When freelancers take on a project there will usually be some sort of meeting to discuss what the client expects from the project, and usually a contract is signed, but the sorts of questions posed by a Project Initiation Document might not ever be discussed.  This can have major consequences later: the client and the freelancer might have very different ideas about what is expected from the project.  If something goes wrong should the quality or the timescale slip?  What about cost?  The freelancer might not want the quality of their work to suffer but the client might prefer to bring something in at extra cost if it means delivering on time.
Not asking these questions at the beginning can have huge consequences for the project later on, or can permanently damage relationships between the freelancer and the client.

Asking the Right Questions

Just because you don’t have standard documentation that everyone works through and signs off on, doesn’t mean you can’t ask the right questions at the initial stages of the project.

Scope

The freelancer and the client both need to agree at the outset what is the scope of the project.

By scope we mean defining the boundaries of the project.  This takes the Project Statement explained in the previous post a step further.

Example: A website launch

A business called ‘Kitty-Kat Industries’ takes on several designers to deal with different aspects of a new website for the launch of their new product, ‘Eco-Kat’.  If the graphic designer is expected to design nothing more than the logo it is a waste of his time to go further and design the entire colour scheme and themes.  If the designer’s contract is for him to charge by the hour the misunderstanding could lead to some big problems if the client refuses to pay him for his extra  work.

If you clarify the scope from the outset of the project it will help you deliver what the client wants at the end.

The graphic designer’s project statement might look something like this:

“The project is to deliver a new logo for KittyKat Industries’ ‘Eco-Kat’ product launch by 1st May 2011 for $500, to the industry standard specifications.”

The scope would be an expansion of this, and would list resources he is using, both man hours and physical resources, more details about the size of the project, the budget and time:

“The designer will have the use of one of the desks at KittyKat Industries, but will provide his own laptop and software.  One of our interns will be made available to him for 10 hours per week for the duration of the project.  The logo will be delivered as a JPEG file with a minimum file size of 6MB utilising the ‘Eco-Kat’ standard colours.  The fee of $500 is to include all other resources and materials.”

Exercise:

Can you expand on your project statement to produce a project scope?  If you have difficulty it may be becuase aspects of the project are not clearly defined at this stage.  You may need to clarify these before you go any further.

 

For more information about prioritising quality, cost and time, please see the download Project Management Basics 3: Prioritising Quality, Cost and Time.

Project Management Basics: What we mean by a ‘Project’?

A project:

* Is a piece of work with a defined beginning and end

* Has a specific goal or objective

* Takes place within a pre-arranged timeframe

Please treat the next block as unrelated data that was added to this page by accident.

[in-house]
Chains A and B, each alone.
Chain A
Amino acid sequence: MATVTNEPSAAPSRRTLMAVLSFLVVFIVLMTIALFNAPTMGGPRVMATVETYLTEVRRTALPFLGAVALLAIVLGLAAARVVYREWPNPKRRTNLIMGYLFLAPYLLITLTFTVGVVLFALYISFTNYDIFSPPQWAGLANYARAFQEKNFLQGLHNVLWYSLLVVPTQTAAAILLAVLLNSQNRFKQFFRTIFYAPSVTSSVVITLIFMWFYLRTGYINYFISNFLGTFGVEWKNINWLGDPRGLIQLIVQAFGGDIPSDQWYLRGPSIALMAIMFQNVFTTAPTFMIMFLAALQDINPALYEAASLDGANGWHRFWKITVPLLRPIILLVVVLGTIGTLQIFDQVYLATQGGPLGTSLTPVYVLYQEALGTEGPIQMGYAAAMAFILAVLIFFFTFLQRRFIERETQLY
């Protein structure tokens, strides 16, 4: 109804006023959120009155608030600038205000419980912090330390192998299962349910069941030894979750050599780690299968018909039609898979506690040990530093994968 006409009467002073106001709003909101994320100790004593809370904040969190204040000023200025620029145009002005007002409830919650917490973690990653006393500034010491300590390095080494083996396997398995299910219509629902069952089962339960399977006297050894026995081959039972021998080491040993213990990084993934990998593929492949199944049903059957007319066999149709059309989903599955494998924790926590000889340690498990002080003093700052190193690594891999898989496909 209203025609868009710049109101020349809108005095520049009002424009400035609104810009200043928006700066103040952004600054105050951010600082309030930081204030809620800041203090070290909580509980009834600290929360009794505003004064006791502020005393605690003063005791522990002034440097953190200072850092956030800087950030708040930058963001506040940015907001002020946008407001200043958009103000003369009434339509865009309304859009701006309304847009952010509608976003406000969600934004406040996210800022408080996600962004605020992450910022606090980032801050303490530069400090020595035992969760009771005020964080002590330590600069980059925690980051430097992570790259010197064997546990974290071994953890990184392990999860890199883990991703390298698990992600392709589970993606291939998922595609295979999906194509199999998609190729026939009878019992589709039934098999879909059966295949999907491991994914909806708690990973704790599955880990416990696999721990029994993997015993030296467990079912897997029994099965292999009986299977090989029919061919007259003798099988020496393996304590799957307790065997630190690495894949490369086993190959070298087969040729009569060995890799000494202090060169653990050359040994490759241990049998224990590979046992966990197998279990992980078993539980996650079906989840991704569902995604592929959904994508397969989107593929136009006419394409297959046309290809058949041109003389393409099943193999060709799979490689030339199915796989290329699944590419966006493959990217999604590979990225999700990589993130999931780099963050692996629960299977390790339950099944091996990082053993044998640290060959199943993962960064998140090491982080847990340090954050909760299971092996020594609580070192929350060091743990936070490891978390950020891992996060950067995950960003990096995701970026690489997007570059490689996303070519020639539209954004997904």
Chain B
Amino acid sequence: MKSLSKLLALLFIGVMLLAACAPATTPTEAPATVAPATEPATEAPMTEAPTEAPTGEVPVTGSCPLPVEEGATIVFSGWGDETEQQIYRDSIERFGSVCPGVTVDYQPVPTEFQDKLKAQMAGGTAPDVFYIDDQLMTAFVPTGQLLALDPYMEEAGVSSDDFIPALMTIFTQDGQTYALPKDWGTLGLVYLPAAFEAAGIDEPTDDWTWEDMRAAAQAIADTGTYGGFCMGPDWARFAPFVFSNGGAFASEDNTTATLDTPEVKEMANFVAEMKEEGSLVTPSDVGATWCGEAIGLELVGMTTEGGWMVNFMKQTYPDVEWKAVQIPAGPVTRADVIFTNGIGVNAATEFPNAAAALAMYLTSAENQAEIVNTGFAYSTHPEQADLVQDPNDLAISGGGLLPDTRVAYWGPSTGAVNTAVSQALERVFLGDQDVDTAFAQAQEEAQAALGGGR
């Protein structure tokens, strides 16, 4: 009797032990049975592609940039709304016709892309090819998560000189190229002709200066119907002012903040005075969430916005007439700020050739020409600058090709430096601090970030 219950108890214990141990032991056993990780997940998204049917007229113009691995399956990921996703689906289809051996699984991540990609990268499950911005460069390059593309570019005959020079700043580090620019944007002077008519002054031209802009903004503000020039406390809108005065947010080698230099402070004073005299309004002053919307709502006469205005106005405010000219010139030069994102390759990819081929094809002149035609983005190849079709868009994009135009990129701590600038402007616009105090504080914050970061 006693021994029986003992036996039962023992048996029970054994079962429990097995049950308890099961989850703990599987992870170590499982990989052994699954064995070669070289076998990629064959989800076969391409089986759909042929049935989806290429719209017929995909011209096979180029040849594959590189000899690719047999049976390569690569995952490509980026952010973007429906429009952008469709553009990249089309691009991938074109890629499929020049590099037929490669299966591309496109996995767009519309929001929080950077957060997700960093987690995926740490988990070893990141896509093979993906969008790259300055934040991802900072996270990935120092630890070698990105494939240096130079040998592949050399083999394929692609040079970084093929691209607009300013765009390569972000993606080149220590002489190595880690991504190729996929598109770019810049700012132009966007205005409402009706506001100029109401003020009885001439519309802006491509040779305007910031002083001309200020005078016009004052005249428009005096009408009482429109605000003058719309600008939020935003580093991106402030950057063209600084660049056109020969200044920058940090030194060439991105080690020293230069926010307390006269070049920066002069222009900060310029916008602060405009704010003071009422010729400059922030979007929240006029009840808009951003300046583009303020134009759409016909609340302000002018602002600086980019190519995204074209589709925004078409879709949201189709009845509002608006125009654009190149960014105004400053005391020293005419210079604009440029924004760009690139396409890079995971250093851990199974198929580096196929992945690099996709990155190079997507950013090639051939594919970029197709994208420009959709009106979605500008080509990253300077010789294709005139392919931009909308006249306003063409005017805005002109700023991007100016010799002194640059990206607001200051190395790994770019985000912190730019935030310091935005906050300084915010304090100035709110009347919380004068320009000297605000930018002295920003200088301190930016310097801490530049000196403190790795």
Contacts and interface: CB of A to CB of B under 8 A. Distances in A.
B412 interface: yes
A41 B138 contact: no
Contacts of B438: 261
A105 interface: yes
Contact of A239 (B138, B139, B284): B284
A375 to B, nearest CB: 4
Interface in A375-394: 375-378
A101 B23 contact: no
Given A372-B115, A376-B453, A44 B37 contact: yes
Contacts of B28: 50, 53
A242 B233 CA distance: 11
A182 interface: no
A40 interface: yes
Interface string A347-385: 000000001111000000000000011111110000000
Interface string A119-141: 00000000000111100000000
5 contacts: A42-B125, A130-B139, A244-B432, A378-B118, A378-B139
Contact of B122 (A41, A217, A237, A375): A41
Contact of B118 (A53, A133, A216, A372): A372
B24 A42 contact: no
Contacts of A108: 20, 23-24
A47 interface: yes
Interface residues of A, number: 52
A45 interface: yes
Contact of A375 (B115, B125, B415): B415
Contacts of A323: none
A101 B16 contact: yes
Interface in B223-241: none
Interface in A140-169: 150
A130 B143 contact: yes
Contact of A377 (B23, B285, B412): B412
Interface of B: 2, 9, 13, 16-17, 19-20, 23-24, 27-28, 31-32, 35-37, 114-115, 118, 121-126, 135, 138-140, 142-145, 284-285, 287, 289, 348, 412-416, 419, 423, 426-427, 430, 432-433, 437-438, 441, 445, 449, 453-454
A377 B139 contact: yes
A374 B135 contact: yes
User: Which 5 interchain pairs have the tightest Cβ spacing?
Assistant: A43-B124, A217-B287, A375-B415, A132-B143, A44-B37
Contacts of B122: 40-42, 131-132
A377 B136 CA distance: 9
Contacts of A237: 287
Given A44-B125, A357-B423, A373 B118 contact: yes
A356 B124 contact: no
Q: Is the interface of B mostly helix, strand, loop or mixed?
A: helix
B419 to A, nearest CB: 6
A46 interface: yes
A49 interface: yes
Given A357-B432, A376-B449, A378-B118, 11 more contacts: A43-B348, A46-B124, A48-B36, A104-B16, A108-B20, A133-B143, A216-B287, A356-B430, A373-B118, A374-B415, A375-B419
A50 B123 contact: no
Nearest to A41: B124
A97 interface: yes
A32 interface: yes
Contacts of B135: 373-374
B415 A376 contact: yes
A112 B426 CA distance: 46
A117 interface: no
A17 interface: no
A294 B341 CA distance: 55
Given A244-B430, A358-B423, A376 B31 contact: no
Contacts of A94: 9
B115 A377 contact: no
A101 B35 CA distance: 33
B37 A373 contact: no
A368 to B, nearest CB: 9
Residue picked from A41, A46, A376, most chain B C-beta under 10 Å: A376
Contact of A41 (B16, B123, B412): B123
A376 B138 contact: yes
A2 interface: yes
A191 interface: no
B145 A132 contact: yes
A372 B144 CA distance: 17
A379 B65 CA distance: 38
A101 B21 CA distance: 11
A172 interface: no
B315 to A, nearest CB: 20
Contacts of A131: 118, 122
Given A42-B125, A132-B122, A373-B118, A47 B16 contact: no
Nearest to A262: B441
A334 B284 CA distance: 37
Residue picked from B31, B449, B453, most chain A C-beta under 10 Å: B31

What makes freelancing so appealing is that freelancers are usually hired to work on a project-by-project basis and get the satisfaction of a completed job, rather than work the routine day-to-day slog so many salaried workers complain about.

Examples of projects:

1) A freelance documentary director is hired to work on a one-off documentary about hats.  The objective is the finished documentary.  The project runs from the time the director is commissioned by the producer, to the day that filming is wrapped (or whenever their services are no longer required).

2) A wedding planner is hired by a couple to plan and organise their Big Day: that is the objective.  The project starts when the couple hire the planner and finishes when the wedding day is over (or shortly after if the planner is dealing with the photography albums etc).

3) A graphic designer is hired by a company called ‘Kitty-Kat Industries’ to design a logo for the launch of their new product, ‘Eco-Kat’.  The objective is delivering the logo to the required specifications.  The designer’s project would be finished once the logo and any associated material has been delivered.

 

Multiple Projects:

Of course, many wedding planners, writers, artists, PR consultants and other freelancers may take on several projects at once.  This is where being able to effectively manage your projects really comes into its own.

 

Exercise: Writing a Project Statement

Your project statement can help you focus on what is important and should be agreed by you and your client before you begin.  You should be able to define your project in one sentence.  Keep referring back to your project statement if you are getting bogged down in the details of your project.

Unlike in the world of big business, you most likely won’t sign off on the statement, but it will form the basis of your contract.  It is more for you to help condense the project down into its essentials.

The project statement defines:

  • the objective
  • the budget
  • the timeframe
  • the quality expected, if appropriate

Example: The graphic designer’s project statement might look something like this:

“The project is to deliver a new logo for KittyKat Industries’ ‘Eco-Kat’ product launch by 1st May 2011 for $500, to the industry standard specifications.”

Have a go at defining your project in one sentence.